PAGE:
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VITACOV: Vitamin D Polymorphisms and Severity of COVID-19 Infection (VITACOV)

The safety and scientific validity of this study is the responsibility of the study sponsor and investigators. Listing a study does not mean it has been evaluated by the U.S. Federal Government. Know the risks and potential benefits of clinical studies and talk to your health care provider before participating. Read our disclaimer for details.
 
ClinicalTrials.gov Identifier: NCT04370808
Recruitment Status : Not yet recruiting
First Posted : May 1, 2020
Last Update Posted : May 19, 2020
Sponsor:
Collaborators:
Cardiovascular Centre of Universidade de Lisboa (CCUL)
Faculty of Medicine of Universidade de Lisboa (FMUL)
Centro Hospitalar Universitário Lisboa Norte (CHULN)
Centro Hospitalar Universitário São João (CHUSJ)
CINTESIS - Center for Health Technology and Services Research
NOVA Medical School of Universidade NOVA de Lisboa
HeartGenetics, Genetics and Biotechnology SA
Instituto Gulbenkian de Ciência (IGC)
Information provided by (Responsible Party):
Fausto J. Pinto, University of Lisbon

Brief Summary:
Vitamin D deficiency has been linked to hypertension, autoimmune, infectious and cardiovascular diseases which are risk factors for COVID-19. Moreover, COVID-19 patients have a very high prevalence of hypovitaminosis D (Turin data). Taken together, we aim to investigate whether genetic variants in vitamin D-related genes contribute to a poor COVID-19 outcome, particularly in hypertension and CV patients, proposing thus a personalized therapeutics based on vitamin D supplementation in order to reduce the severity and deaths.

Condition or disease Intervention/treatment
COVID-19 Other: Exposure

Detailed Description:
Collected data from Turin University indicate that hospitalized patients have a very high prevalence of hypovitaminosis D. Reports from China and Italy show that hypertension presents an increased risk of COVID-19-related death. Otherwise, observational studies suggest that 25(OH)D induces protection against respiratory pathogens while large-scale studies indicate that serum 25(OH)D-level is inversely correlated to hypertension prevalence. Recent published data (2020) shows that 66% of Portuguese adults present Vitamin D deficiency. HeartGenetics' genetic database with more than 8.500 Portuguese genotypes shows that the prevalence of vitamin D polymorphisms in this population is 4-fold higher than the EU average, increasing the risk of hypovitaminosis D.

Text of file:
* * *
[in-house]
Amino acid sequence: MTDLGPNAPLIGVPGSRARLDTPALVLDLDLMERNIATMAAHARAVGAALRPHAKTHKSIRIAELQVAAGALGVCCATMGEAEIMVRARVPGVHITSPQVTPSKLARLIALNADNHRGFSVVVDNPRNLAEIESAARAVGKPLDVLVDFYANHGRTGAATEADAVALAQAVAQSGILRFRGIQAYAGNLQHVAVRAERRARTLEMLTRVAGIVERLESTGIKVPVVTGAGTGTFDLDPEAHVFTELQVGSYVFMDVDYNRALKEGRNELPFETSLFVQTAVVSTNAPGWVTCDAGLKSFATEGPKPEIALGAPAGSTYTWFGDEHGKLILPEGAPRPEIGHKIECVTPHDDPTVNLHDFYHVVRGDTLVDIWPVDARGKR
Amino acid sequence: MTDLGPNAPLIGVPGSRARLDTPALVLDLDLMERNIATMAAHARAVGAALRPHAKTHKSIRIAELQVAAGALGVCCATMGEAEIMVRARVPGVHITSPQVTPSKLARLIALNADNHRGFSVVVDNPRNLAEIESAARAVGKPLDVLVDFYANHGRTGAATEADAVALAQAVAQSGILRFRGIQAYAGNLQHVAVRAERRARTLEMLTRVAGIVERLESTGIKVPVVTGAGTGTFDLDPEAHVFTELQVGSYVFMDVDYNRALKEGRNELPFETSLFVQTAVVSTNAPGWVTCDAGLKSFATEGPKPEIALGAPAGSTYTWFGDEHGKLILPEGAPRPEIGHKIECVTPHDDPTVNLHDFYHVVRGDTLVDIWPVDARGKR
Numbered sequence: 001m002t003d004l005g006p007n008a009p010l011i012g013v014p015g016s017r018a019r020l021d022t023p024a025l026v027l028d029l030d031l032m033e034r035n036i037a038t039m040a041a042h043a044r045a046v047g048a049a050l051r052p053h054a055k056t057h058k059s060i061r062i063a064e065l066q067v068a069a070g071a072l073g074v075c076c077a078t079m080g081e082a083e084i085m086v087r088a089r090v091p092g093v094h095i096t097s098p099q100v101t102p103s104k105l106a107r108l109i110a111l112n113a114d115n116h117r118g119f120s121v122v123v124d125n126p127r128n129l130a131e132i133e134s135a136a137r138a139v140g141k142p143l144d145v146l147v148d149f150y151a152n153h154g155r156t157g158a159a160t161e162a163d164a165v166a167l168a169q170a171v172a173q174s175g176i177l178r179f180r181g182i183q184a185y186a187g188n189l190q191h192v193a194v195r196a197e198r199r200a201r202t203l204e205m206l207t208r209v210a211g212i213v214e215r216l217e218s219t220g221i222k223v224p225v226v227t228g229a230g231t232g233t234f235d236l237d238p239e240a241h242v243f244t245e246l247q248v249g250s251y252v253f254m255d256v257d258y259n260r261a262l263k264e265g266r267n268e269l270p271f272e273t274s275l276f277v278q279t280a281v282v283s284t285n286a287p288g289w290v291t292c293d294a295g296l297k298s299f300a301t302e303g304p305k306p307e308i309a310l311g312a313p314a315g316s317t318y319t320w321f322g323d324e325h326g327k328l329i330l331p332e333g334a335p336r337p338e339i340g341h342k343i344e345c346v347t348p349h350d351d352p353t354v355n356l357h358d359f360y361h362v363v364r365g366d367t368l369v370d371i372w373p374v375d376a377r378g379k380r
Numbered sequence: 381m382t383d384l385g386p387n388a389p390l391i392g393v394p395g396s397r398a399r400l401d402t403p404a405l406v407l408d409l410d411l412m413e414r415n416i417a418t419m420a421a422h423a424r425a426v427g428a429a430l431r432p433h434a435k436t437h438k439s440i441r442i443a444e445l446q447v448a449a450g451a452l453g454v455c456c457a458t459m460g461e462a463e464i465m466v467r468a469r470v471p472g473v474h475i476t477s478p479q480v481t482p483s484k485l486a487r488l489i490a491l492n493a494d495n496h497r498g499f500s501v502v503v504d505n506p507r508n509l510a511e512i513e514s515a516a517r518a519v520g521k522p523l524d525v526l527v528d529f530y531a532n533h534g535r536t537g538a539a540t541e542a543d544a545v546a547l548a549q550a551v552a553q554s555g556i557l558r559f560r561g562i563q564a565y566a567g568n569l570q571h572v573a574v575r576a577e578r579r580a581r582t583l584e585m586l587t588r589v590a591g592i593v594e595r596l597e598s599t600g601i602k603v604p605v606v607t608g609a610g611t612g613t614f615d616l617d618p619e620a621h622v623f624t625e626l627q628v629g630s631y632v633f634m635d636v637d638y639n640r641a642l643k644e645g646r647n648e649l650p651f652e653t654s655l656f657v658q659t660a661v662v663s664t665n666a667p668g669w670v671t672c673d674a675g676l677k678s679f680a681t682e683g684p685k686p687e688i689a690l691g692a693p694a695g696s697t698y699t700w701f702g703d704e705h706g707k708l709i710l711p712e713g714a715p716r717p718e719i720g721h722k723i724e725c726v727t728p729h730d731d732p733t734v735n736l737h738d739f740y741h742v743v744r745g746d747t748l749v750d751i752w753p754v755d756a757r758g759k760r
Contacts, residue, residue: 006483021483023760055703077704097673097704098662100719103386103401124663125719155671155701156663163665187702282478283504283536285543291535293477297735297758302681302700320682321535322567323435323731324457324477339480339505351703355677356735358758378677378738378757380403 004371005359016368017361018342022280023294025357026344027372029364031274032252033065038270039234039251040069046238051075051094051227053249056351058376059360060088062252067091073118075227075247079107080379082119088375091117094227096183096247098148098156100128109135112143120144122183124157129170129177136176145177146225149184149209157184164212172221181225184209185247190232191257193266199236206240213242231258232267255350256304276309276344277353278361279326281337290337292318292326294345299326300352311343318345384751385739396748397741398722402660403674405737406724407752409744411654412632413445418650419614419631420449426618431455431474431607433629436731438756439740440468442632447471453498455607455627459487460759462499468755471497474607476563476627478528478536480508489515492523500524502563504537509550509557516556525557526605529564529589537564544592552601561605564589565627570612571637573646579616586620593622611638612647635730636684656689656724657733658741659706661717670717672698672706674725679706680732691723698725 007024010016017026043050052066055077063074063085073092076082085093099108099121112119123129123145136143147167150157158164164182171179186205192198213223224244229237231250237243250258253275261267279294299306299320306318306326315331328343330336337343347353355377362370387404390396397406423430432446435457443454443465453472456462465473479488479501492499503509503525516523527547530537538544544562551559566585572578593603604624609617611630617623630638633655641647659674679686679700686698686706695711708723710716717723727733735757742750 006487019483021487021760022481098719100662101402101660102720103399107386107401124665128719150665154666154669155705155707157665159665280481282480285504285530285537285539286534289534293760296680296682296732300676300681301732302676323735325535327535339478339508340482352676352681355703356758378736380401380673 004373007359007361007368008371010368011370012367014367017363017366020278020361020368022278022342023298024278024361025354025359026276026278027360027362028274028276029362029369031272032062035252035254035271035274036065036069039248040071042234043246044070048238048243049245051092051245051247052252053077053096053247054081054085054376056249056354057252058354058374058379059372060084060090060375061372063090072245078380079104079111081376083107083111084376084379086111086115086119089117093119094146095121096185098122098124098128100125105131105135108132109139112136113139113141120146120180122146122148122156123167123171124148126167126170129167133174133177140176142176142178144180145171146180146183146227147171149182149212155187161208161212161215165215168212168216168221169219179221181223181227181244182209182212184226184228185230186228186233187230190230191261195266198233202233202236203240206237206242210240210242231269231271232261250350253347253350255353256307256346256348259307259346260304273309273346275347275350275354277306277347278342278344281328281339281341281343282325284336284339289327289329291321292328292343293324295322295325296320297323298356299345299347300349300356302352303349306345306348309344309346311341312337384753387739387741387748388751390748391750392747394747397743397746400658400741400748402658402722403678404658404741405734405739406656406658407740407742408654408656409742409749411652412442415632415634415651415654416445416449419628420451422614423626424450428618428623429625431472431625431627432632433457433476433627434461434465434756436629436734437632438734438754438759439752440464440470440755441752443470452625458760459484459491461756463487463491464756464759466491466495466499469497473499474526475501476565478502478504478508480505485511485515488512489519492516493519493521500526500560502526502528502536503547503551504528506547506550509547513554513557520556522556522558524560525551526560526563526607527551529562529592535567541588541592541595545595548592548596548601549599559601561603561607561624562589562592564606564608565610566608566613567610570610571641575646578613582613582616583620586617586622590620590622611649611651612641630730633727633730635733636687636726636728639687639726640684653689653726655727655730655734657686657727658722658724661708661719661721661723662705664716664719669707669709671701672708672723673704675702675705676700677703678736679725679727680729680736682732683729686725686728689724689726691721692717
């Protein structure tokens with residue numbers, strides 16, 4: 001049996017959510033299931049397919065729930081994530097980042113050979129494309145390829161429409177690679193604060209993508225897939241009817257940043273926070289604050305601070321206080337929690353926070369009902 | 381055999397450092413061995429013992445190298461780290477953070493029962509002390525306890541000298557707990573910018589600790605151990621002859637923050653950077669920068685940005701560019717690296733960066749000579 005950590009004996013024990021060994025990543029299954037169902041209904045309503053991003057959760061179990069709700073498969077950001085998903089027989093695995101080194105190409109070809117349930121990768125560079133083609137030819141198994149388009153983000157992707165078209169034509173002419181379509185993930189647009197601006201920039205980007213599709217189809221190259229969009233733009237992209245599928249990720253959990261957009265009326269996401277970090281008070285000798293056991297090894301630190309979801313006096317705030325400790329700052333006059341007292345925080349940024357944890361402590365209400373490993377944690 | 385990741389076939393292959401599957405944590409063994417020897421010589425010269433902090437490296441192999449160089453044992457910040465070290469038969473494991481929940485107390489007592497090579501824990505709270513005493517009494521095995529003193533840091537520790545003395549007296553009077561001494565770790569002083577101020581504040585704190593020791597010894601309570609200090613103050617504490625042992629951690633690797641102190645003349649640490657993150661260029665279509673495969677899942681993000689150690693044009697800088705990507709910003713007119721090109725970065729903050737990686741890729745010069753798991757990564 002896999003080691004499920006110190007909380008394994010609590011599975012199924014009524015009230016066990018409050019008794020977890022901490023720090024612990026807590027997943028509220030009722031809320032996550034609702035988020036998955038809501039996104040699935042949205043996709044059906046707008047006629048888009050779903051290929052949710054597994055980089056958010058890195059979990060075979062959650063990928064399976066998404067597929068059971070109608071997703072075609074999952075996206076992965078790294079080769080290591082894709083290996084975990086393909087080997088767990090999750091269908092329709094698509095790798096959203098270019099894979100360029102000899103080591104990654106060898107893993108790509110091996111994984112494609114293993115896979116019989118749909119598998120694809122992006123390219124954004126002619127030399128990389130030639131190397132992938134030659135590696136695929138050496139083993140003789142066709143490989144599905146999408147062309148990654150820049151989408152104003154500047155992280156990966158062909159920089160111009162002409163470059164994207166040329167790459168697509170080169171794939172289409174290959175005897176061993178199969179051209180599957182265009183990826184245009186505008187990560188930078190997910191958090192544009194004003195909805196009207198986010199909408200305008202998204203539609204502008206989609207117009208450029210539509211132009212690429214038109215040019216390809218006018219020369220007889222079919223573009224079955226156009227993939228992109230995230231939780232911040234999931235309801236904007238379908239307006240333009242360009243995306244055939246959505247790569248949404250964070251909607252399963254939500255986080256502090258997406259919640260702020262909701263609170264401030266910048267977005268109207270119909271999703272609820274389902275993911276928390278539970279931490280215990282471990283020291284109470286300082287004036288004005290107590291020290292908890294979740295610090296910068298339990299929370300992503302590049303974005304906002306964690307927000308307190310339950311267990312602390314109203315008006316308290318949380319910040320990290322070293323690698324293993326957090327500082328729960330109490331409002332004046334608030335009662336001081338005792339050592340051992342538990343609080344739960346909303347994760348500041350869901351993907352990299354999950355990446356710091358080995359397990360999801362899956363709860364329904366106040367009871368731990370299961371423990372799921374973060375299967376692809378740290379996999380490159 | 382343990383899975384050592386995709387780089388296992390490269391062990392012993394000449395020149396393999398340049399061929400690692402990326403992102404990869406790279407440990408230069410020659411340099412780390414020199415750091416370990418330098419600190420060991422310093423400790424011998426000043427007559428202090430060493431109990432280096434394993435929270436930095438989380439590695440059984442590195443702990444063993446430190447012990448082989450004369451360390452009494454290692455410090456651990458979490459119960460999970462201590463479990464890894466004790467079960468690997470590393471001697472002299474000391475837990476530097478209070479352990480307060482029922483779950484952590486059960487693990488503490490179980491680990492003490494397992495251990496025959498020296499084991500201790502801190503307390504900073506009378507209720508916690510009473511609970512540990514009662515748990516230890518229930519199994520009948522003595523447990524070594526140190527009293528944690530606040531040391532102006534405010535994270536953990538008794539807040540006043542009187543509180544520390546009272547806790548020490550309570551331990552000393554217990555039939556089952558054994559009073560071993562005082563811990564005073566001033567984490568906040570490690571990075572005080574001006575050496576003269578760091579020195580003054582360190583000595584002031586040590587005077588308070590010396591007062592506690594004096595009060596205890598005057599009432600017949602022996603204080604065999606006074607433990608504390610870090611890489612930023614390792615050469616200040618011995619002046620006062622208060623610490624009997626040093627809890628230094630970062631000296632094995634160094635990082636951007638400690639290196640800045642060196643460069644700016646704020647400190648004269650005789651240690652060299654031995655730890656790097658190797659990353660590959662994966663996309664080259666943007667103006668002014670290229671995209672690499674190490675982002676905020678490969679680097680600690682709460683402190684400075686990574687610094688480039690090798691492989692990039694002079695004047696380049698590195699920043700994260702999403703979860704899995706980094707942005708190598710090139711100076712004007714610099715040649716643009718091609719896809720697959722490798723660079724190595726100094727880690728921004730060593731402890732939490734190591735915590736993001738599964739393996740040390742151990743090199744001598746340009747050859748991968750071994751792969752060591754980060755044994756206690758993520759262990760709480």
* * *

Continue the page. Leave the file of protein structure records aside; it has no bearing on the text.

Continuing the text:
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Study Type : Observational
Estimated Enrollment : 500 participants
Observational Model: Case-Only
Time Perspective: Prospective
Official Title: VITACOV: Vitamin D-related Polymorphisms and Vitamin D Levels as Risk Biomarkers of COVID-19 Infection Severity
Estimated Study Start Date : June 2020
Estimated Primary Completion Date : October 2020
Estimated Study Completion Date : March 2021

Resource links provided by the National Library of Medicine

MedlinePlus related topics: Vitamin D
Drug Information available for: Vitamin D

Group/Cohort Intervention/treatment
Mild to severe disease
Mild to severe disease (admission to isolation room)
Other: Exposure
Individuals with SARS-CoV-2 exposure and COVID-19 symptoms.

Critical patients
Critical patients (admission to ICU)
Other: Exposure
Individuals with SARS-CoV-2 exposure and COVID-19 symptoms.




Primary Outcome Measures :
  1. Differences in vitamin D blood levels between COVID-19 patients with different degrees of disease severity. [ Time Frame: Blood samples of COVID-19 patients will be collected at baseline (after subject enrollment; single point collection). ]
  2. Differences in genetic variants in vitamin D-related genes between COVID-19 patients with different degrees of disease severity. [ Time Frame: Blood samples of COVID-19 patients will be collected at baseline (after subject enrollment; single point collection). ]

Secondary Outcome Measures :
  1. Differences in vitamin D blood levels between COVID-19 patients in relation to mortality. [ Time Frame: Through study completion, an average of 3 months. ]
  2. Differences in vitamin D blood levels between COVID-19 patients in relation to length of stay in hospitals. [ Time Frame: Through study completion, an average of 3 months. ]